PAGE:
As Candice Holdorf writes in the Good Men Project, “I feel that porn limits us when we view it as the ultimate authority on sexuality. For those whose only sex education is pornography, sex must equal a penis entering a vagina, a big-busted women screaming as if she’s in the midst of an apoplectic attack, an impossibly endowed men pounding her like a jackhammer and both of them cumming (hard) at the same time, preferably with jiz  everywhere (especially on her face).”

Why are we relying on the capitalist media enterprise to falsely educate us about sexuality and then blaming the industry when they do just that? This is a great disservice, and our shifting of blame entirely onto pornography reads as little more than a self-diversion from our own failings.


Many (but not all) of the problems with porn culture can be understood as the consequence of a perfect storm. When our failure to have real conversations about sex and the permeation of violence, classism, racism, and sexism into the sex industry combine, the result is a culture with the potential to distort sex, misinform sexual consumers, and endanger men and women.

But here’s the thing about “the porn issue”: the porn issue isn’t really about porn. The issues of dehumanization, violence, racism, classism, and sexism in the sex industry are devastating and require impassioned opposition. The goal should be the destruction of power asymmetries, and as such advocacy should strive towards a sex industry that engages only willing and voluntary agents into non-coerced sexual activity.

But advocacy should also celebrate liberated, consensual sexuality. Many of the inequality problems within porn are resonating elsewhere as well, as they are symptoms of a larger exploitative socioeconomic, gendered, and race-based structure. The contention that consenting adults performing in filmed sexual acts that are available for public consumption is somehow immoral is itself anti-feminist, as it deprives the actors of agency over their bodies as well as perpetuates a highly anti-feminist view that a woman’s value is inherently degraded by mass consumption of their sexuality.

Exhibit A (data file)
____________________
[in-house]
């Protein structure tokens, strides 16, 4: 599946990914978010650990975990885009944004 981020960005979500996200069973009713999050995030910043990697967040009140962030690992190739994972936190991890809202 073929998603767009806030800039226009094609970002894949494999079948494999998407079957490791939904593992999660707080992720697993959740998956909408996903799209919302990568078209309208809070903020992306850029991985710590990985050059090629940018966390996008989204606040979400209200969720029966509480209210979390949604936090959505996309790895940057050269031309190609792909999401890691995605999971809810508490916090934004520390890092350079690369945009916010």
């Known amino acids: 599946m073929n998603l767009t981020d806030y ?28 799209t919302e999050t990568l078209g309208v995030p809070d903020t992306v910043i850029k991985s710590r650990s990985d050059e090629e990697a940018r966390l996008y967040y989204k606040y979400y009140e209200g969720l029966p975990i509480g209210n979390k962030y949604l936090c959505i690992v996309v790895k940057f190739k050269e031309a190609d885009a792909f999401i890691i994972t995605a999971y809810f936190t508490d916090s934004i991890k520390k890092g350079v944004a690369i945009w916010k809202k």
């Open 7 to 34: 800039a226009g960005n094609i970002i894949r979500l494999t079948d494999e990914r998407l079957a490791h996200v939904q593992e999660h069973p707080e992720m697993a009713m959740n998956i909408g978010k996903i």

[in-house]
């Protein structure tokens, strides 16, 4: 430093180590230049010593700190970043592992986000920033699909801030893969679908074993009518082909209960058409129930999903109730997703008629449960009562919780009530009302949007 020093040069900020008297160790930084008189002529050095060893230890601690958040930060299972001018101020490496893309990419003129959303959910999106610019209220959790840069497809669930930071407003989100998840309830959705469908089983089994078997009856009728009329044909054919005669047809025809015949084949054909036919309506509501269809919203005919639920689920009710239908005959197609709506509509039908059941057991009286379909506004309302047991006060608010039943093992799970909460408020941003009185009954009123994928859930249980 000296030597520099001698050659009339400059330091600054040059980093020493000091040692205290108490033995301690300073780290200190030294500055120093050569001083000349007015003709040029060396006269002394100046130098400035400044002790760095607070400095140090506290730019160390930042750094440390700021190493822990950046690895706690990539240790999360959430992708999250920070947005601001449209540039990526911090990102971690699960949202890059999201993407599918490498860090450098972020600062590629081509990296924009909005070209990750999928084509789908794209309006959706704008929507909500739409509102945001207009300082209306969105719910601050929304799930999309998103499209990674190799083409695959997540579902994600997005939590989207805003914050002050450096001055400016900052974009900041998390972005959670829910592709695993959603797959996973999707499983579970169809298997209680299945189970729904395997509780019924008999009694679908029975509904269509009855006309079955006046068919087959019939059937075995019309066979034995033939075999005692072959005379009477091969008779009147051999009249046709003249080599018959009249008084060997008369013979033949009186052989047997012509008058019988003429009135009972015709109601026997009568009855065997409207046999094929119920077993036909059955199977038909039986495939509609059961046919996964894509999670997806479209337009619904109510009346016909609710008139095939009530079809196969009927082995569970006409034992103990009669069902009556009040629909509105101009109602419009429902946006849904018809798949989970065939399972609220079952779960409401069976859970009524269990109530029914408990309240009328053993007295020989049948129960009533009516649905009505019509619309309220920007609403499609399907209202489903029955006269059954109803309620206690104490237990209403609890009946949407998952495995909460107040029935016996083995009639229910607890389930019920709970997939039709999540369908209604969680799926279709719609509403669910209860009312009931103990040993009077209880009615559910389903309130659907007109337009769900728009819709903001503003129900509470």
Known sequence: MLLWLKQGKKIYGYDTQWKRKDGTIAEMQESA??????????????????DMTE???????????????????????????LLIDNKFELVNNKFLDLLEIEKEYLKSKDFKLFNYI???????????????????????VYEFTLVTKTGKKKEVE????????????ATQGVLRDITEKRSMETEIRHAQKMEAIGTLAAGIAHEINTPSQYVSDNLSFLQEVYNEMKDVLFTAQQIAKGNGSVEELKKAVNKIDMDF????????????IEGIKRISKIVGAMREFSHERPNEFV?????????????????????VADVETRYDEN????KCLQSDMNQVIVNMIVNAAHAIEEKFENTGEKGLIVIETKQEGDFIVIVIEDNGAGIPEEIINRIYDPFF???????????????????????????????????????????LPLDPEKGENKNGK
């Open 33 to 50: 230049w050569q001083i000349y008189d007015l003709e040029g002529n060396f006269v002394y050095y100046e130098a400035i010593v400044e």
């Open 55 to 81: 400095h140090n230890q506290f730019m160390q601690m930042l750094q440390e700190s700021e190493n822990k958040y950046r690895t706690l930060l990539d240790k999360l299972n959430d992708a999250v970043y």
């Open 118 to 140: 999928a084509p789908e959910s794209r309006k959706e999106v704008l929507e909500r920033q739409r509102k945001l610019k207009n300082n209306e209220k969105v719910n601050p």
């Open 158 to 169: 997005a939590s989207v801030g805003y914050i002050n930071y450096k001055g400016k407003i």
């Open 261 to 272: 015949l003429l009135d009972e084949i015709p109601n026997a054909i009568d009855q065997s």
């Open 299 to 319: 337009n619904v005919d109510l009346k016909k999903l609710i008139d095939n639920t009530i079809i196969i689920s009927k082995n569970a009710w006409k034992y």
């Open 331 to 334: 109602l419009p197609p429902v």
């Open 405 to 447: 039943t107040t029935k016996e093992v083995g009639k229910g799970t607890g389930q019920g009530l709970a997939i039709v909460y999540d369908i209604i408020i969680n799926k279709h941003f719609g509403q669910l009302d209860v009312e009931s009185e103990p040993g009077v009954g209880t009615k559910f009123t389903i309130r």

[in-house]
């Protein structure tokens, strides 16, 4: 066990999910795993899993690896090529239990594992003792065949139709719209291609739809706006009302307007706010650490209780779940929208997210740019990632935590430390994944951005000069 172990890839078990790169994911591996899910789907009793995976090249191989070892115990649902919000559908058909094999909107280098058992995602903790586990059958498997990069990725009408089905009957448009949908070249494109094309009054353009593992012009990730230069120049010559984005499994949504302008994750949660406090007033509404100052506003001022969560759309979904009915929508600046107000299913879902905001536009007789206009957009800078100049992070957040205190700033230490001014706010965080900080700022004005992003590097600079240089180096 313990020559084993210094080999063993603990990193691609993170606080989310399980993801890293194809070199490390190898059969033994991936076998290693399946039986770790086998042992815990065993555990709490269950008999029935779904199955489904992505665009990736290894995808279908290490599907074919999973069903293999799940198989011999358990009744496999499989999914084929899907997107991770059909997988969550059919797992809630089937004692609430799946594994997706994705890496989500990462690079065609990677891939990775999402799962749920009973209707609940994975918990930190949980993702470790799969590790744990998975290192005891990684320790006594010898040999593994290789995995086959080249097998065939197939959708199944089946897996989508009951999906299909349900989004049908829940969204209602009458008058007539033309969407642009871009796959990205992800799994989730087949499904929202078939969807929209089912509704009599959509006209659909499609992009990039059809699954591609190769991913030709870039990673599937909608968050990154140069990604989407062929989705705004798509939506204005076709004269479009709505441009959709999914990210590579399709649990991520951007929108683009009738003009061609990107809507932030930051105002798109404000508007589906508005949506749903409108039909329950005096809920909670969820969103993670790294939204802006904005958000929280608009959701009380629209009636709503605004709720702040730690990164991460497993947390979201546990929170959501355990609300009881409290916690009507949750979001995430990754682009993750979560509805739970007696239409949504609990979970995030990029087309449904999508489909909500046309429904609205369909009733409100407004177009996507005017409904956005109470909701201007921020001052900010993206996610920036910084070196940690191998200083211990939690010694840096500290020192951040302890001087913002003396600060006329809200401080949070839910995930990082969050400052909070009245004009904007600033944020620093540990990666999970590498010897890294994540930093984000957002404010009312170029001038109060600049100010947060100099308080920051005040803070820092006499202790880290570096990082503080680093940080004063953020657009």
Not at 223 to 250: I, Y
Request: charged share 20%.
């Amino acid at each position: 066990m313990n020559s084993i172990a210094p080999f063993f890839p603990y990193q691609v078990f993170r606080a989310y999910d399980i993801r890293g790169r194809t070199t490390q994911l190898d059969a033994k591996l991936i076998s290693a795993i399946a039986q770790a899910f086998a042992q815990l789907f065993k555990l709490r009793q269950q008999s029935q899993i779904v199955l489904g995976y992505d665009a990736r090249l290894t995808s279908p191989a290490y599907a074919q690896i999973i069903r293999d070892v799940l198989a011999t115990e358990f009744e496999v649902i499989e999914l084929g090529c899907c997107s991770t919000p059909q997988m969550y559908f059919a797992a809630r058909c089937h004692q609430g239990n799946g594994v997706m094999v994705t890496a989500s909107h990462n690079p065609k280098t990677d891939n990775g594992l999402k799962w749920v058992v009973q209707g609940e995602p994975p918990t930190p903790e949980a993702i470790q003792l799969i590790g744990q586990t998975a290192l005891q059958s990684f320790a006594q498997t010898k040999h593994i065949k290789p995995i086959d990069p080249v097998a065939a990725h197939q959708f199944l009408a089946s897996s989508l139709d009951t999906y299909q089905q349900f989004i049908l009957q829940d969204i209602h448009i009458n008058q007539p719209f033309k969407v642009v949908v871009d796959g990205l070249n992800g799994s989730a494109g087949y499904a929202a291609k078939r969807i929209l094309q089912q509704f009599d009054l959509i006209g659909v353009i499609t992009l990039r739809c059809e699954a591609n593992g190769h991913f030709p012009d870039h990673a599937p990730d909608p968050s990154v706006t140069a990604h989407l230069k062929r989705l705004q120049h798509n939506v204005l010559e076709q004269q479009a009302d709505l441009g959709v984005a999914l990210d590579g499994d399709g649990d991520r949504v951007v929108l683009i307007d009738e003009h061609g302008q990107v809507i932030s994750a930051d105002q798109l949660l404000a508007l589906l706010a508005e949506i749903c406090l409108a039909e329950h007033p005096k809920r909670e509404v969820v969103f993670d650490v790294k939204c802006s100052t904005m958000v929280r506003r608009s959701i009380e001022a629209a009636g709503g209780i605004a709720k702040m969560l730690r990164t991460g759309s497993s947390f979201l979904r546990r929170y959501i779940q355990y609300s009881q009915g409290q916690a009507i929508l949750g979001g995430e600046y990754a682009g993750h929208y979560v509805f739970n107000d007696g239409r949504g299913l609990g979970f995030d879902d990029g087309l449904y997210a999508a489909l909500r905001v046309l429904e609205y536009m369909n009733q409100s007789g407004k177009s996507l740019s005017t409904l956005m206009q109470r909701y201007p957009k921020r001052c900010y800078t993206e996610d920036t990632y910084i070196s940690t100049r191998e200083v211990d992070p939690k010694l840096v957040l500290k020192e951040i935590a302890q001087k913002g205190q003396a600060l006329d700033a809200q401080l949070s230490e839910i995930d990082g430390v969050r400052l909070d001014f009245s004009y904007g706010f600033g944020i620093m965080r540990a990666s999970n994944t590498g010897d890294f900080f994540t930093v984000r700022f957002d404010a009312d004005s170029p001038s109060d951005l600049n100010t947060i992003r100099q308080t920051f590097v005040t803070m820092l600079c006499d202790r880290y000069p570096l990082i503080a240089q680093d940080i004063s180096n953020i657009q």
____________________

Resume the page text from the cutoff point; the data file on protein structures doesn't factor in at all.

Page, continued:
Turning our lens of blame to pornography for its universal and incontestable “exploitation of women” infantilizes the myriad of women who want to be in the sex industry (see: Wendy McElroy’s work) and those who consume porn—and weren’t forced by men to do either. Pornography itself isn’t the problem; the problem is that these dangerous elements are not being combated within the sex industry. Clearly, the solution is not prohibition.

Read more: http://www.dailydot.com/opinion/everything-we-think-about-porn-is-wrong/

Meredith Loken is a Seattle-based Ph.D student, sexual violence researcher, sex-positive feminist, and cat enthusiast. She can be reached for comment at mmloken@gmail.com. This article was originally featured on the Good Men Project and republished with permission.

Photo via Crysco Photography/Flickr (CC BY 2.0)

Sex Addiction Does Not Appear To Be A Disorder, UCLA Study Says (VIDEO)

Within the sexological community the sex addiction model is a contentious one. I have always believed people are responsible for their behavior. Self-identifying as a sex addict often stems from that individual’s sex partner not wanting as much sex as they do or feeling an internal drive or urge for sex and not handling these feelings within the framework of what society consider’s a ‘normal’ situation.

Even the DSM-5 did not include sex addiction in their recently revised edition.


Excerpts from article on recent sex addiction research:

Celebrities Tiger Woods, Russell Brand and David Duchovny all blamed their copious amounts of sex on a disorder: sex addiction.